As Goldman Sachs will tell you, sometimes it's better just to take it on the chin and keep quiet.
And perhaps Bank of America should have done that on Tuesday, when ex-Merrill Lynch internet analyst Henry Blodget pointed out on Business Insider (where is he CEO) that some folks collectively feel that the bank may have underestimated provisions / overestimated assets by between $100bn - $200bn.
Now the people over at BofA are clearly under a bit of pressure (wouldn't you be when your stock price is tanking ?), but instead of ignoring the post, an official bank spokesperson responded with the following:
'Mr Blodget is making 'exaggerated and unwarranted claims', which is what the SEC stated publicly when he was permanently banned from the securities industry in 2003 (Ed's comment - 'Oh...that's a bit below the belt').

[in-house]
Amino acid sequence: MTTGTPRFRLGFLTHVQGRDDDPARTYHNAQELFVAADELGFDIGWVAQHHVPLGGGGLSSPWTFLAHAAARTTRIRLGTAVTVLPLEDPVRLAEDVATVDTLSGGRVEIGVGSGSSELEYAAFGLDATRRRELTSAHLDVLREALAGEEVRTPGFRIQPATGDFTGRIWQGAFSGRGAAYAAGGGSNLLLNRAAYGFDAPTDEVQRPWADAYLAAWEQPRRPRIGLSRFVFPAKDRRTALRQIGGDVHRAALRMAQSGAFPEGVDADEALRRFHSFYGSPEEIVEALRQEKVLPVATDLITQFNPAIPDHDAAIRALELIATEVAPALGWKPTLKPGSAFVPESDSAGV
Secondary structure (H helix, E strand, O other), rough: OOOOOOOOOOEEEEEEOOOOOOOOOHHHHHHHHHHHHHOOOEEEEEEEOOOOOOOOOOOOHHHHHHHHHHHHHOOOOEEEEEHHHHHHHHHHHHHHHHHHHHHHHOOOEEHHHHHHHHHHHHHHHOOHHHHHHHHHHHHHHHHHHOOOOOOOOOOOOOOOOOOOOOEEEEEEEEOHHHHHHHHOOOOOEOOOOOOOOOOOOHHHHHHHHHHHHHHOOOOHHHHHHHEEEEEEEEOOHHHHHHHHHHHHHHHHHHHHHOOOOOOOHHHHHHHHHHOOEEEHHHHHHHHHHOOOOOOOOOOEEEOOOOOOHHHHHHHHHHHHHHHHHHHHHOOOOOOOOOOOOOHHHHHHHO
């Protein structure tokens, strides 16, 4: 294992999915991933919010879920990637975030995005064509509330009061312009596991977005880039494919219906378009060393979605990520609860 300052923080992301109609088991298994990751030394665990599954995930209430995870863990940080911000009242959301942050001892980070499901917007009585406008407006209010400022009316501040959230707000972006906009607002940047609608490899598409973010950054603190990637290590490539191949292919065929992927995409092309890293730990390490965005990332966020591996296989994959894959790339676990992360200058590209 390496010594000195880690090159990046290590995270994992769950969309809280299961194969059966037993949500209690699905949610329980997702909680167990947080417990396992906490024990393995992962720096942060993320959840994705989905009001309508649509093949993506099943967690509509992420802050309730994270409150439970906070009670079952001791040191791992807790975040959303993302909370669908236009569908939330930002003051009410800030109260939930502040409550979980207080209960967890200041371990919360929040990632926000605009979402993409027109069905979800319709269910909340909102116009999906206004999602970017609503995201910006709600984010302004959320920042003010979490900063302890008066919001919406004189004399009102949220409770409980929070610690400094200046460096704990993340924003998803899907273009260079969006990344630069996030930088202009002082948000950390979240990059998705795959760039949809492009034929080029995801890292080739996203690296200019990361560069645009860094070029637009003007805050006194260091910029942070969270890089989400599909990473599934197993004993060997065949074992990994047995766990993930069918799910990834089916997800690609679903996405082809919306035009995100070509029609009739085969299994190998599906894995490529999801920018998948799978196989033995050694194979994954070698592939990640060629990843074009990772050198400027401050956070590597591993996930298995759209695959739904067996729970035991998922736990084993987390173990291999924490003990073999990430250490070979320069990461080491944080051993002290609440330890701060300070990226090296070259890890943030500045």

The sovereign exposure (Blodget quotes in his post) is off by a factor of ten. The commercial real estate figures are off by a factor of four. The mortgage analysis was provided by a hedge fund that has acknowledged it will benefit if our stock price declines.
The recommendations on goodwill accounting would be prohibited by generally acceptable accounting practices. Traditional bank valuation relies upon tangible book value per share, which excludes by definition 100 percent of goodwill and other intangibles.
As of June 30, our tangible book value per share was $12.65'.
Yep, sometimes silence is golden. Because, in an effort to discredit the post, BofA has only drawn more attention to it.
And, for those interested, here's Blodget's original post: